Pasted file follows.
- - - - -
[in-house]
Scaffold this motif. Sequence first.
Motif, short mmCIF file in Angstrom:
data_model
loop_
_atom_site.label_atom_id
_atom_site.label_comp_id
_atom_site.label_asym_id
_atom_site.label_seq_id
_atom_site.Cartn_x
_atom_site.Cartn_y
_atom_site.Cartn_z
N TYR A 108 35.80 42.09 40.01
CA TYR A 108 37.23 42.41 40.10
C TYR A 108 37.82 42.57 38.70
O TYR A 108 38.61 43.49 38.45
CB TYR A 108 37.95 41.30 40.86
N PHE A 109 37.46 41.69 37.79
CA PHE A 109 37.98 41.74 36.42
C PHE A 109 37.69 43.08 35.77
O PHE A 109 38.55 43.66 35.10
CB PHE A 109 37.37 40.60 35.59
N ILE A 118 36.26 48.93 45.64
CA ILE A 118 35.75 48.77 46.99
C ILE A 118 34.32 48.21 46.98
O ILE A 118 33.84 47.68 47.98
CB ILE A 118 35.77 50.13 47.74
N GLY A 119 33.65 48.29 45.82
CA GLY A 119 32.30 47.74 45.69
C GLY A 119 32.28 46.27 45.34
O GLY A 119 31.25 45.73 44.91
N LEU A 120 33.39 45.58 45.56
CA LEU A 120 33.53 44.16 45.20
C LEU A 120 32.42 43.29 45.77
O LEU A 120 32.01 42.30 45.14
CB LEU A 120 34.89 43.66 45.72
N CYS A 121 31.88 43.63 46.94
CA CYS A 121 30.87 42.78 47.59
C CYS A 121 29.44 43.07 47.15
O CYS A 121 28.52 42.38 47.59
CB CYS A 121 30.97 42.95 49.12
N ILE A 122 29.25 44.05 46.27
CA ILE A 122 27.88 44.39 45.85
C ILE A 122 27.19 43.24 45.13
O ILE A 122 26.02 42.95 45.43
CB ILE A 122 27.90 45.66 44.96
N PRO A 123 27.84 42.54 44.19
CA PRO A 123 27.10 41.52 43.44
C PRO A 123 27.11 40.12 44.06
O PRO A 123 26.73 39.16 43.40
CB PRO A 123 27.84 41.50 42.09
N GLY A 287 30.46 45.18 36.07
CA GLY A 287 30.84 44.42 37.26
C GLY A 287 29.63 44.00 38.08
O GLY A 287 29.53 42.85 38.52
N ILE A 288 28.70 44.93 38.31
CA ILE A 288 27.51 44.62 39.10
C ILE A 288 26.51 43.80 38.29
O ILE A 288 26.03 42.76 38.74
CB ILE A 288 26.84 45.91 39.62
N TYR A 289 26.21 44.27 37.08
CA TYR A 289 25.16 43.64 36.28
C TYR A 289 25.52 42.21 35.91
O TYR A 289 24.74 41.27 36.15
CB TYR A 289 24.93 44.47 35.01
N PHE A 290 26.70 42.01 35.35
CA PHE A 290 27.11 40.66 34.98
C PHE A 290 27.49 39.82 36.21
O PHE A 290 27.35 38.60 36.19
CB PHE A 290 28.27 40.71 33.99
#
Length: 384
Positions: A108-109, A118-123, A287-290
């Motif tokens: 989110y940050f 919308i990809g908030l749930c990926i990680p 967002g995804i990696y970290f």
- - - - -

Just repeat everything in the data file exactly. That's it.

[in-house]
Scaffold this motif. Sequence first.
Motif, short mmCIF file in Angstrom:
data_model
loop_
_atom_site.label_atom_id
_atom_site.label_comp_id
_atom_site.label_asym_id
_atom_site.label_seq_id
_atom_site.Cartn_x
_atom_site.Cartn_y
_atom_site.Cartn_z
N TYR A 108 35.80 42.09 40.01
CA TYR A 108 37.23 42.41 40.10
C TYR A 108 37.82 42.57 38.70
O TYR A 108 38.61 43.49 38.45
CB TYR A 108 37.95 41.30 40.86
N PHE A 109 37.46 41.69 37.79
CA PHE A 109 37.98 41.74 36.42
C PHE A 109 37.69 43.08 35.77
O PHE A 109 38.55 43.66 35.10
CB PHE A 109 37.37 40.60 35.59
N ILE A 118 36.26 48.93 45.64
CA ILE A 118 35.75 48.77 46.99
C ILE A 118 34.32 48.21 46.98
O ILE A 118 33.84 47.68 47.98
CB ILE A 118 35.77 50.13 47.74
N GLY A 119 33.65 48.29 45.82
CA GLY A 119 32.30 47.74 45.69
C GLY A 119 32.28 46.27 45.34
O GLY A 119 31.25 45.73 44.91
N LEU A 120 33.39 45.58 45.56
CA LEU A 120 33.53 44.16 45.20
C LEU A 120 32.42 43.29 45.77
O LEU A 120 32.01 42.30 45.14
CB LEU A 120 34.89 43.66 45.72
N CYS A 121 31.88 43.63 46.94
CA CYS A 121 30.87 42.78 47.59
C CYS A 121 29.44 43.07 47.15
O CYS A 121 28.52 42.38 47.59
CB CYS A 121 30.97 42.95 49.12
N ILE A 122 29.25 44.05 46.27
CA ILE A 122 27.88 44.39 45.85
C ILE A 122 27.19 43.24 45.13
O ILE A 122 26.02 42.95 45.43
CB ILE A 122 27.90 45.66 44.96
N PRO A 123 27.84 42.54 44.19
CA PRO A 123 27.10 41.52 43.44
C PRO A 123 27.11 40.12 44.06
O PRO A 123 26.73 39.16 43.40
CB PRO A 123 27.84 41.50 42.09
N GLY A 287 30.46 45.18 36.07
CA GLY A 287 30.84 44.42 37.26
C GLY A 287 29.63 44.00 38.08
O GLY A 287 29.53 42.85 38.52
N ILE A 288 28.70 44.93 38.31
CA ILE A 288 27.51 44.62 39.10
C ILE A 288 26.51 43.80 38.29
O ILE A 288 26.03 42.76 38.74
CB ILE A 288 26.84 45.91 39.62
N TYR A 289 26.21 44.27 37.08
CA TYR A 289 25.16 43.64 36.28
C TYR A 289 25.52 42.21 35.91
O TYR A 289 24.74 41.27 36.15
CB TYR A 289 24.93 44.47 35.01
N PHE A 290 26.70 42.01 35.35
CA PHE A 290 27.11 40.66 34.98
C PHE A 290 27.49 39.82 36.21
O PHE A 290 27.35 38.60 36.19
CB PHE A 290 28.27 40.71 33.99
#
Length: 384
Positions: A108-109, A118-123, A287-290
């Motif tokens: 989110y940050f 919308i990809g908030l749930c990926i990680p 967002g995804i990696y970290f």